In this blog, Darren Stone partner at Leon and company writes about the upcoming tax return deadline and what is involved.
It’s that time of year again. And we don’t just mean the festive season! Most accountants are now getting busy for the upcoming deadline for submitting self-assessment tax returns for the year ending 5 April 2019. Notwithstanding the changes on the horizon with the much-publicised ‘Making Tax Digital’, which promises to change how we report our income, most of us still file once-a-year using an online form – and we have until 31 January 2020.
So, which of us have to file a tax return? In the main, it is for those of us with non-standard income, which covers our annual business results from self-employment or partnership, reporting capital gains (perhaps the “profit” on the sale of an investment property), dividends, trust income, property rentals less qualifying expenses (although be careful with mortgage interest as the rules have significantly changed!), bank and building society interest received, taxable foreign income, etc. This income, for the period ending 5 April 2019, needs to be reported in our tax returns alongside regular income taxed at source, such as regular PAYE and pension income.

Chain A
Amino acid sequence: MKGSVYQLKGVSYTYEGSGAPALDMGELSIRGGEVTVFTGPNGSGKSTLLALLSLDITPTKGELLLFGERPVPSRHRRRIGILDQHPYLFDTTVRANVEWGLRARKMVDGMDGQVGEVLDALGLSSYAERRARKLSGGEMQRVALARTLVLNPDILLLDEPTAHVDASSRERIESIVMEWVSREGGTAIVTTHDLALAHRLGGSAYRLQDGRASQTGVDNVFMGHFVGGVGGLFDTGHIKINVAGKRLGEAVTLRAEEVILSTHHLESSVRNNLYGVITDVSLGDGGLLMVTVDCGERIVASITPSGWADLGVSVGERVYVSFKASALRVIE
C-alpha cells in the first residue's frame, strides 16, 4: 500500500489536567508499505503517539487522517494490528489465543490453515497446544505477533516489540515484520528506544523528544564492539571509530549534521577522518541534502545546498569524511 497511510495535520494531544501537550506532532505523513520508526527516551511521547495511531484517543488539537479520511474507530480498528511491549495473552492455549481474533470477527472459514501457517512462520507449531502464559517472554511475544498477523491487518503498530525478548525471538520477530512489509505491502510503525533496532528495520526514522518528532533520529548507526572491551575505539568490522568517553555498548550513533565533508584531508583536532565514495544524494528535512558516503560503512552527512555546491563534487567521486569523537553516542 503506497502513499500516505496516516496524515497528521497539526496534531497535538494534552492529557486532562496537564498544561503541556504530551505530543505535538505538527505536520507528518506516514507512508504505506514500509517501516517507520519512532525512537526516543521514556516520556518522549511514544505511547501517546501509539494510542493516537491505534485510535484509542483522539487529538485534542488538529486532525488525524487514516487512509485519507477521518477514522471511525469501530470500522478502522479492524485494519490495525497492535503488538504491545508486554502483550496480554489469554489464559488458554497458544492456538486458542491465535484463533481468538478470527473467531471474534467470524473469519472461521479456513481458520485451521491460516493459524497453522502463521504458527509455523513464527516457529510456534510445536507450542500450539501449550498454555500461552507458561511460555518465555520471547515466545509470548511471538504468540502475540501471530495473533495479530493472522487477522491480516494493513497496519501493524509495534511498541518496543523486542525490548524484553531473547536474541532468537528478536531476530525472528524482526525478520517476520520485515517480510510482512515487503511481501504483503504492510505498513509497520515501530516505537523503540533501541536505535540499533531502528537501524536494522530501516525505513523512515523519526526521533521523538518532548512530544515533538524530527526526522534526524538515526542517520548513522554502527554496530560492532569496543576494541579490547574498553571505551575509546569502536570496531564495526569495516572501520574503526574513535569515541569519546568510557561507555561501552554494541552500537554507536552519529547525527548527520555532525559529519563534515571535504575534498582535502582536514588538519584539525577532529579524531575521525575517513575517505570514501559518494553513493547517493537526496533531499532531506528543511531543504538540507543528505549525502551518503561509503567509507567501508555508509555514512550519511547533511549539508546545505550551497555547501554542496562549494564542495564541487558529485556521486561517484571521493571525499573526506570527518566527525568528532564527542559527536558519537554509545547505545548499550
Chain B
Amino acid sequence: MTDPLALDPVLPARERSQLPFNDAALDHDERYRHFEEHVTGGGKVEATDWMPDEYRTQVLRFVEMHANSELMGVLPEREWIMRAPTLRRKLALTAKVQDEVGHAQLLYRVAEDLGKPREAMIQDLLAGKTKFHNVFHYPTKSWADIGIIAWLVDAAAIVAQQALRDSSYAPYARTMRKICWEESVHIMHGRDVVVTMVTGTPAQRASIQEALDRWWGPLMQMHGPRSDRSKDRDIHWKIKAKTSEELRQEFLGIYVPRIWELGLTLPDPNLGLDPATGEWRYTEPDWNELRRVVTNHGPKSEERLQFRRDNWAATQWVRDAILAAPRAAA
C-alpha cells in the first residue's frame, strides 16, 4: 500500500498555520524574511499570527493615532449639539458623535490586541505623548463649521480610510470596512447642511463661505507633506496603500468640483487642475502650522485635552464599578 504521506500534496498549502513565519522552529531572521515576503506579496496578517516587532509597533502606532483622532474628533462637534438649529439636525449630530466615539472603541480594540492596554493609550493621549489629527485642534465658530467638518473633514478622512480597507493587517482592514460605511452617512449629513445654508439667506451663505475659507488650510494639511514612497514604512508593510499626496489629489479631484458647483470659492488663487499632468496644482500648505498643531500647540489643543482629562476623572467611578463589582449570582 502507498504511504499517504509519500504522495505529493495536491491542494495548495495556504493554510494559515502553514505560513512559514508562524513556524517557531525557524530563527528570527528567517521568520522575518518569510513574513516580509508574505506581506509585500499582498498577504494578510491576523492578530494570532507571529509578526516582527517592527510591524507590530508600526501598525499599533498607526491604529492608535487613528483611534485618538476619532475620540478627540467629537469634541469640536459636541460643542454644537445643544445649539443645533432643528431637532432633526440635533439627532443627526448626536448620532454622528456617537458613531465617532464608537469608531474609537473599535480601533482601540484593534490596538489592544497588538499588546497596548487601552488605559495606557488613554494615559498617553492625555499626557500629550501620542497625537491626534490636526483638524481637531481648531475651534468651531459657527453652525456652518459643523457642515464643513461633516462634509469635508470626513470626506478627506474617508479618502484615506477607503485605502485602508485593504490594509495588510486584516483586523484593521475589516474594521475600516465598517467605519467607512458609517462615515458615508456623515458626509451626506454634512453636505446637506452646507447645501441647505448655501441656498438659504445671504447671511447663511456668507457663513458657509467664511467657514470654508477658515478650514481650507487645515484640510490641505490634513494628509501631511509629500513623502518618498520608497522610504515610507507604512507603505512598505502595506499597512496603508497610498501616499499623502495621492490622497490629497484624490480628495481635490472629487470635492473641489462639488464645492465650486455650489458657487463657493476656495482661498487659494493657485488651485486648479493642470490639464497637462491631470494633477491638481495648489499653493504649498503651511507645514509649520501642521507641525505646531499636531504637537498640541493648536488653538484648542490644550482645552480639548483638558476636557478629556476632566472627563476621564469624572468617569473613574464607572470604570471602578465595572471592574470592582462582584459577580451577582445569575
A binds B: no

We should also disclose what private pension contributions we have made during the year, along with any charitable donations made under Gift Aid. This is particularly relevant if you are a higher-rate taxpayer as you can potentially qualify for additional tax relief on these payments. We should also disclose any Child Benefit received where our total income is over £50k in the year, and also disclose if a student loan is still being paid off (although be careful as there are certain student loans do not need to be reported).
The bottom line is that if any of the above applies to you, and you are not already completing a tax return, then you may very well have to register as soon as possible.
The last point to make is if we submit our tax return just one day late, then we incur an automatic £100 fine, with an increasing penalty scale the longer we leave it. There is also a separate regime of penalties for paying tax late as well. So, the bottom line is to get your tax return in on time and don’t forget to then pay any tax by 31 January to ensure you don’t get stung with any of those unwanted penalties!
If you would like more information on whether you should be registered, then we would be delighted to have a chat. In the meantime, enjoy those festivities…